Wednesday, November 19, 2008

Two Campus Heroes: Walter Block and Loye Young

By Richard Vedder

I previously wrote about Loye Young, the instructor at Texas A and M International University, who not only flunked students who he said plagiarized in class, but also publicly humiliated them for it on his web site. The school said that was terrible, relieved him of his responsibilities, and said it was reviewing the student grades. I said that was totally inappropriate, that Young should be admired for taking a tough step towards academic dishonesty, etc. Young has not backed down, and has written a thoughtful response to his critics on the INSIDE HIGHER ED website.

Now comes Walter Block. I was not surprised to see Walter the object of controversy. Indeed, the only surprise is that it has taken so long. Walter delights in being controversial, saying outrageous things, etc. A radical libertarian, Walter has attacked Lowell Gallaway and me on occasion for not adhering to the Austrian economics party line - an odd criticism coming from a libertarian who should delight in diversity of viewpoints. So I, too, have been annoyed with Walter at times, and even have had some jousts with him in print.

But Walter is getting ostracized for stating facts, and for daring to approvingly mention the work of two of this country's most outstanding social scientists, the late Richard Herrnstein, Edgar Pierce Professor of Psychology at Harvard (and former chair of the department), and Charles Murray, author of several path-breaking books, including Losing Ground and Real Education. Specifically, Walter said that the politically correct explanation of black-white earnings differentials relates to such things as past discrimination, lower levels of educational attainment, etc., but that the politically incorrect explanation of Herrnstein and Murray is that the answer lies in IQ differences. Knowing Walter, he was not nuanced in making that remark, and probably did not discuss the possibility that there are still other explanations. But Walter was stating a fact - namely that Herrnstein and Murray found solid evidence of race-based IQ differences, and that earnings differentials are closely associated with variations in cognitive abilities, which, in turn, are highly correlated with IQ.

The prez of Loyola U. in Baltimore, where Block was speaking, has issued an impassioned statement saying, roughly, "we are not racist" and "we do not condone racism" and "we are a Jesuit institution that believes in tolerance, etc." Since when is it "racist" to cite well known and oft-cited studies in class? Where is academic freedom? Is it more "racist" to cite scholarly evidence relating to differences in cognitive function than it is to use vast college resources in order to get the "right" racial mix of students and faculty?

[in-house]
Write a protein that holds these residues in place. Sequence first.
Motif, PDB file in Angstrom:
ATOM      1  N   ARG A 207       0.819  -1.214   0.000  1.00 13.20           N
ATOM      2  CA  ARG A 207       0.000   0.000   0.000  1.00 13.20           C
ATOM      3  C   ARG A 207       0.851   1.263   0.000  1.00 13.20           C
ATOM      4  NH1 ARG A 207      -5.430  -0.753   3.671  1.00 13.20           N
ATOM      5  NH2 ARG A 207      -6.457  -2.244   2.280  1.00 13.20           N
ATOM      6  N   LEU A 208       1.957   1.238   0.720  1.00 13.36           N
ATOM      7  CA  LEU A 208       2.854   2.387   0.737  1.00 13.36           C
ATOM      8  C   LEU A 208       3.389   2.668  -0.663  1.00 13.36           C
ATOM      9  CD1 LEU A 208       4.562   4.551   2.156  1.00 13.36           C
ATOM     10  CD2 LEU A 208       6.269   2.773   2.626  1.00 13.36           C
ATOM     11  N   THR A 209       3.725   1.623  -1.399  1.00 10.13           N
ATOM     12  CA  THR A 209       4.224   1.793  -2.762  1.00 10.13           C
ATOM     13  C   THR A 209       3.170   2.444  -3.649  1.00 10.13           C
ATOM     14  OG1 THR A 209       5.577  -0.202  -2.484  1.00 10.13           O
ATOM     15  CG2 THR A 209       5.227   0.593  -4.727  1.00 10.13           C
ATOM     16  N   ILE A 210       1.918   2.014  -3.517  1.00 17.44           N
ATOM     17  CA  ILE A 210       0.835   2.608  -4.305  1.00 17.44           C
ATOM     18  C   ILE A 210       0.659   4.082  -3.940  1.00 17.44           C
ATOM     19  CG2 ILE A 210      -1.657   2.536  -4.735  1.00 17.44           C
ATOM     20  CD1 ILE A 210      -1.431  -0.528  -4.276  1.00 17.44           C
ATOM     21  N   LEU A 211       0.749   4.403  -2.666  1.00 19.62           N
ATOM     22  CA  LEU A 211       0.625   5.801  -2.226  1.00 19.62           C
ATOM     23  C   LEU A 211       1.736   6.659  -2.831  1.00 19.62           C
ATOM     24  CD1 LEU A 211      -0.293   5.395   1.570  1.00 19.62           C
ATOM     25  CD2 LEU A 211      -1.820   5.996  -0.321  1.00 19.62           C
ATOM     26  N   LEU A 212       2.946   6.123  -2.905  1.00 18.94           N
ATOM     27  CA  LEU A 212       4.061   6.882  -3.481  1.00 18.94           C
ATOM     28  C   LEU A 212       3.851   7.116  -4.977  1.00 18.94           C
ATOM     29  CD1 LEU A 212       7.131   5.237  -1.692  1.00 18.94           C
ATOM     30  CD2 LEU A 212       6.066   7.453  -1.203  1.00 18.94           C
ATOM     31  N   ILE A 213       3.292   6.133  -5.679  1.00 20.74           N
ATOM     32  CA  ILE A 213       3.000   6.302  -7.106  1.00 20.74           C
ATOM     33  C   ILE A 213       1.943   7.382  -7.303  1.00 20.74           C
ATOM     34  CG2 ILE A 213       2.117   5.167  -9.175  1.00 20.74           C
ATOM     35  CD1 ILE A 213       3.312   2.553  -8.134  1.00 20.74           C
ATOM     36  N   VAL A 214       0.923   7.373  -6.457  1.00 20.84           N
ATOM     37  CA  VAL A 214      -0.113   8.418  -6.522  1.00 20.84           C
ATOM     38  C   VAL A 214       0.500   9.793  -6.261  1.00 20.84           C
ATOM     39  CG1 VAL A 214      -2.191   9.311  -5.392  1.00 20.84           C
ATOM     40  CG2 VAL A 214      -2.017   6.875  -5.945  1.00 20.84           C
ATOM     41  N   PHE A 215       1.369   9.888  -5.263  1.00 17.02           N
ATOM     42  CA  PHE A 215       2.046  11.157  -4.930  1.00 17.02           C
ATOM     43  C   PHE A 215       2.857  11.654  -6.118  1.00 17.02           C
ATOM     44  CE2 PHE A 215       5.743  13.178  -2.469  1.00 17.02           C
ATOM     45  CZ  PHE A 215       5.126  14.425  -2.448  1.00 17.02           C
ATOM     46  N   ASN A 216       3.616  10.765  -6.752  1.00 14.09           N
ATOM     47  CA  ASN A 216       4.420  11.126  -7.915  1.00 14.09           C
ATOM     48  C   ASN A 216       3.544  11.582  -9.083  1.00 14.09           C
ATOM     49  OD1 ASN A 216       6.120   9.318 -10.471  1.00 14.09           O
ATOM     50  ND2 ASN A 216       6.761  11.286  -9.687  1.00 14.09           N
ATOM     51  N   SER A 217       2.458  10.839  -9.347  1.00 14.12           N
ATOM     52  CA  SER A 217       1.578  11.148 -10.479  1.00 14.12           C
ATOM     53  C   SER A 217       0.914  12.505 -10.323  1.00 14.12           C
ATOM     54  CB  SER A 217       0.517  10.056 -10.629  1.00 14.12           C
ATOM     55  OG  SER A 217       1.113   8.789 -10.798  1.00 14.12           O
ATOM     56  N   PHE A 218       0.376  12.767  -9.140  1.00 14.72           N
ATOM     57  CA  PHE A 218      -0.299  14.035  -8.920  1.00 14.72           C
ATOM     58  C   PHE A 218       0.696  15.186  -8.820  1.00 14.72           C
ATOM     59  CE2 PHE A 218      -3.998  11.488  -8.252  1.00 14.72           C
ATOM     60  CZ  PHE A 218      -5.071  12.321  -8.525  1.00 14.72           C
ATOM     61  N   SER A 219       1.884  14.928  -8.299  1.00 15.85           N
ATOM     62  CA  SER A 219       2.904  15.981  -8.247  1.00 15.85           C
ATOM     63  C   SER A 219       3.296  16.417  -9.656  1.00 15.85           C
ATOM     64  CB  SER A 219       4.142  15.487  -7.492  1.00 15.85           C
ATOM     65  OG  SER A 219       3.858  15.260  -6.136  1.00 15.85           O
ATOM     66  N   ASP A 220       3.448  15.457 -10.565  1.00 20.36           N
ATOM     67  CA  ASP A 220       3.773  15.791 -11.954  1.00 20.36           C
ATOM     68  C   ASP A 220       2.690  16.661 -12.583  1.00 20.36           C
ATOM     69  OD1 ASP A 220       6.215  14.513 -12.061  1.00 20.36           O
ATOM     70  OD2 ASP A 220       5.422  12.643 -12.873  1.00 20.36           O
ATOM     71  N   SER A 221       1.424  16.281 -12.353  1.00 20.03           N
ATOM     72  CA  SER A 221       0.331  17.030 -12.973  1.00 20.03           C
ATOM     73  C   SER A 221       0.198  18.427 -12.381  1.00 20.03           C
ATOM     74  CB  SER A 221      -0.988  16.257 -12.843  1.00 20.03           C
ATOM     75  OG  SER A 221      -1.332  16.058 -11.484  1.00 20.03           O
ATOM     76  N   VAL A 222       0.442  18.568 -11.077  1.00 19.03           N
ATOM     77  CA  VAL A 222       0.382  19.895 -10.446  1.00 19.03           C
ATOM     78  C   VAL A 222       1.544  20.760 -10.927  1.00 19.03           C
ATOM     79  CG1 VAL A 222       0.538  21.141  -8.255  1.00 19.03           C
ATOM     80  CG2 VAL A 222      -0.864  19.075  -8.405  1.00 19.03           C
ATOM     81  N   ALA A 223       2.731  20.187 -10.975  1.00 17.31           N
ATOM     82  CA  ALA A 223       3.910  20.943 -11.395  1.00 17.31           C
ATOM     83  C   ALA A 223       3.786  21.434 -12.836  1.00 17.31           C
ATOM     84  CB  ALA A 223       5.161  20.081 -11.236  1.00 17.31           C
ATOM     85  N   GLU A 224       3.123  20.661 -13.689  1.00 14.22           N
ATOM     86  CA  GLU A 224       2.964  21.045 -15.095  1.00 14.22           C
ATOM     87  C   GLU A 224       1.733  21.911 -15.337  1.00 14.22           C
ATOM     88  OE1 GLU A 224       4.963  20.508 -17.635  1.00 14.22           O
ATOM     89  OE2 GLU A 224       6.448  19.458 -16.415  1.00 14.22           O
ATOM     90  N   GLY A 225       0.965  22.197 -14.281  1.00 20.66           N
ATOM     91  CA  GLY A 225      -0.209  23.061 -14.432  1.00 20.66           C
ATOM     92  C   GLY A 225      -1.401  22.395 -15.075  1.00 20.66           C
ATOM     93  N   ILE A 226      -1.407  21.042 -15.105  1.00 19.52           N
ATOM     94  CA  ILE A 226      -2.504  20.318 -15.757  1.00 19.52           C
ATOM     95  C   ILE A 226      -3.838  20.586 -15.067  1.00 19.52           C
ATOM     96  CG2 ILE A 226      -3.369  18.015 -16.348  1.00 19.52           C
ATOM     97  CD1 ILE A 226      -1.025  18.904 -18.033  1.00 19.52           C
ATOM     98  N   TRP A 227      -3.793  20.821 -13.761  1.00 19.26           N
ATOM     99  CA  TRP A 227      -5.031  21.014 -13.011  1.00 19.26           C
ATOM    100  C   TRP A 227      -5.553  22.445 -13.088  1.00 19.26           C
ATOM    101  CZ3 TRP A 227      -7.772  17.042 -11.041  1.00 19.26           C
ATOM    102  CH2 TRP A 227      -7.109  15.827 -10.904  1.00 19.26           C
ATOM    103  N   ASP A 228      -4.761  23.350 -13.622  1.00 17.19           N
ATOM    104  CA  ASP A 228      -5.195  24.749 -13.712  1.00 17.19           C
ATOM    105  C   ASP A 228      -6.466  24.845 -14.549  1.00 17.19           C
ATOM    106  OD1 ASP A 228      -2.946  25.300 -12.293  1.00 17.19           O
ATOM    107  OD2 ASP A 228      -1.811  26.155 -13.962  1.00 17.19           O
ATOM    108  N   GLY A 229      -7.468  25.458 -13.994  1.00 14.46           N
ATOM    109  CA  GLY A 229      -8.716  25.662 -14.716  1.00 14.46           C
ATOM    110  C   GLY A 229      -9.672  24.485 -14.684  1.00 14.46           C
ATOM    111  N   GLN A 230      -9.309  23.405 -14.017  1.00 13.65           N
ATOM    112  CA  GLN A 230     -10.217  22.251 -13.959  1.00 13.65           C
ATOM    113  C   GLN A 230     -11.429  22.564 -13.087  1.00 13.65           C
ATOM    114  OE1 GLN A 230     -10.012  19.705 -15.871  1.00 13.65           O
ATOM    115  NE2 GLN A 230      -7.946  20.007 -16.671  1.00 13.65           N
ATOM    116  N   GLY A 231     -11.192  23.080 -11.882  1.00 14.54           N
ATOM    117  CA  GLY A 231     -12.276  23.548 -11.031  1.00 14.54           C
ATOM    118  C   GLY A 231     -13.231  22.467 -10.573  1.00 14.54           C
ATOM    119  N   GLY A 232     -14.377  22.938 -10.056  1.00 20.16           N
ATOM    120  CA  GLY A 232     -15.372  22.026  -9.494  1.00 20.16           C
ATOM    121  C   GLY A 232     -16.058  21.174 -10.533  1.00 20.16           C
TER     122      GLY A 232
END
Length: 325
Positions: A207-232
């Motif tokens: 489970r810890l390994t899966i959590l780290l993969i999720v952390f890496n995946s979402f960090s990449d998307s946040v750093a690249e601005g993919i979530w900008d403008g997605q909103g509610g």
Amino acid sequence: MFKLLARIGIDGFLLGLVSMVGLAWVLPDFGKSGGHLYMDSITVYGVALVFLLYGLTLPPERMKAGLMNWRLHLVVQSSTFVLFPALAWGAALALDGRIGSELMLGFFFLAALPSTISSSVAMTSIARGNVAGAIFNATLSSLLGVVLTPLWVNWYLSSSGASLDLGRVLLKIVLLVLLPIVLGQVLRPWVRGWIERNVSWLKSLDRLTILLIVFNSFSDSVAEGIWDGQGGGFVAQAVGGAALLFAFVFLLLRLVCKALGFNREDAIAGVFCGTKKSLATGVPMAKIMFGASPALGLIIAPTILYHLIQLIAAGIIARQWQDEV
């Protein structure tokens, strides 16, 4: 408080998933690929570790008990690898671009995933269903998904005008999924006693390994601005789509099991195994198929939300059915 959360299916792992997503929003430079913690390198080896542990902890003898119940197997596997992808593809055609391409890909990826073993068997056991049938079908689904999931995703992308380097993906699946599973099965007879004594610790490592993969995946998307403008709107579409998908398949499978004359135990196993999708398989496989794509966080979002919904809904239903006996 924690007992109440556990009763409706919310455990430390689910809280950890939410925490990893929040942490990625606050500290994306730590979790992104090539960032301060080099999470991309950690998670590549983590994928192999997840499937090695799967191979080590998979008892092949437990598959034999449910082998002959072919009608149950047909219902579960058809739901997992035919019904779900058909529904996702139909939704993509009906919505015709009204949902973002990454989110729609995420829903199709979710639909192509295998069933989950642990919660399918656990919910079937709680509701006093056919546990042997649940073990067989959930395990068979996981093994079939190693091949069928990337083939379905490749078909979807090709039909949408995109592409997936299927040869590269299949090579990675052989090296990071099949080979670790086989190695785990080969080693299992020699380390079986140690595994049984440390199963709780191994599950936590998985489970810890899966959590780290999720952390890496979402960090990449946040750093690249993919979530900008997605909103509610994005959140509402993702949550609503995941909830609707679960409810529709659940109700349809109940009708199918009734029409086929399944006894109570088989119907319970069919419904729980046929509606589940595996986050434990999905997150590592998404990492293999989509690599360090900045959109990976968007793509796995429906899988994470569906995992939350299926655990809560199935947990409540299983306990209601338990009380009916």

I think Walter not only was not irresponsible in what he said, but, roughly speaking, was correct. But even if he were incorrect, he certainly had the right to say it. Universities should be a free forum for ideas, and university administrators should not poison that environment by stating what views are "good" and which are "bad." Universities themselves should hold few views, but merely uphold basic principles of openness, tolerance, and academic freedom. Loyola of Maryland is run by the Society of Jesus (the Jesuits). Christians believe in "turn the other cheek" and "love thy neighbor". I am not sure that condemning someone for citing the views of respected social scientists is entirely consistent with that, which is disappointing since the President of Loyola is a priest and member of the Society of Jesus (a Jesuit).


Ben said...

Absolutely. Dan Seligman's book "A Question of Intelligence" notes that as group rights are being insisted on it means that evidence of differences in group ability are relevant to the discussion.

The evidence of group differences is well documented. Here is Dr Satoshi Kanazawa's paper on themyth of pay discrimination:

"My analyses suggest that there has never been any
evidence of widespread racial discrimination in
pay in the United States in the last 30 years. Affirmative action, and other preferential treatment
of ethnic minorities in the United States, are often justified on the ground of countering and reversing past and present discrimination against them. If there has never been any racial discrimination
in the past or present to begin with, it appears that such government policies lose much
of their justification for existence."

jack2222 said...

A notable highlight of the Chase Hall barracks is the Hall of Heroes. The Hall of Heroes was established in April 2005 by the Class of 1959 when the group spearheaded the transformation of the first floor corridor into a prominent, commemorative landmark.
Sport betting guide